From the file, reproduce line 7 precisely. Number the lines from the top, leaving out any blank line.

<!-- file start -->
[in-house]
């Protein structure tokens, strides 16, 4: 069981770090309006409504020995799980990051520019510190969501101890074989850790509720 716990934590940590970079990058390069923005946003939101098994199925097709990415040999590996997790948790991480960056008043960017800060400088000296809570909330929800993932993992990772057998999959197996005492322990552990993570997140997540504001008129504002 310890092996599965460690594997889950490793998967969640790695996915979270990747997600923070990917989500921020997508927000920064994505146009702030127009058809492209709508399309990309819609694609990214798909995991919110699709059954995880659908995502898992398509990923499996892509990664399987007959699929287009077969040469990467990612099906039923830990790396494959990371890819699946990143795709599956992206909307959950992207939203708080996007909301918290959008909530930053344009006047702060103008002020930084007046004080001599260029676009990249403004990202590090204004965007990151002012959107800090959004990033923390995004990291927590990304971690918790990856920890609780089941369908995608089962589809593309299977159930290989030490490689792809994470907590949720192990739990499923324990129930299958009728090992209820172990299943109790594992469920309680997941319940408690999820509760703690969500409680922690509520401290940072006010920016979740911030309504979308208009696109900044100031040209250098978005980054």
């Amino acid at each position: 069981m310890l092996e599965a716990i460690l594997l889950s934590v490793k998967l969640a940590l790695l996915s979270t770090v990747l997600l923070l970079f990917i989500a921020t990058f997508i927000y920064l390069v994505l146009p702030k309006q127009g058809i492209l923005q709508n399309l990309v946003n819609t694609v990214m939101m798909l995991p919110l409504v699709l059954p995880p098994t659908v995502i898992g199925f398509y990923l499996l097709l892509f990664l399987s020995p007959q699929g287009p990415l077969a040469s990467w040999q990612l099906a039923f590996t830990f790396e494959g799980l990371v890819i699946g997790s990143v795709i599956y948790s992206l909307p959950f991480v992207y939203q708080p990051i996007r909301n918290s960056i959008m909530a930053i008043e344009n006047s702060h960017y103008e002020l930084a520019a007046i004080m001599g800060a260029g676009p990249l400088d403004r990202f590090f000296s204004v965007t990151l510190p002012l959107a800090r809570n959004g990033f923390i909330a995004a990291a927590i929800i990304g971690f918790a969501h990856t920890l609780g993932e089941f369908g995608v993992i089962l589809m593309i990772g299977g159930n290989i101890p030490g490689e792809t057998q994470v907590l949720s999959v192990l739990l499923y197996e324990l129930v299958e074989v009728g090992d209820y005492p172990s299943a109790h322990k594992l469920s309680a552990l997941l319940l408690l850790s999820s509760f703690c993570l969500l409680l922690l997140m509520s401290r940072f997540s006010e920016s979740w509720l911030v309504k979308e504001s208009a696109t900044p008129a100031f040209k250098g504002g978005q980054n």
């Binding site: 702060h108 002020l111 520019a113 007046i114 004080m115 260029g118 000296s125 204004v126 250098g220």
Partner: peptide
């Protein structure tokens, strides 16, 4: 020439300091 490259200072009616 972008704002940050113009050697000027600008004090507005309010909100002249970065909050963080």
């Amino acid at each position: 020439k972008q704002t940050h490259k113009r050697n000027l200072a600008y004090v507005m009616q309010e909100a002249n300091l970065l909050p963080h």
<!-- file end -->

């Amino acid at each position: 020439k972008q704002t940050h490259k113009r050697n000027l200072a600008y004090v507005m009616q309010e909100a002249n300091l970065l909050p963080h």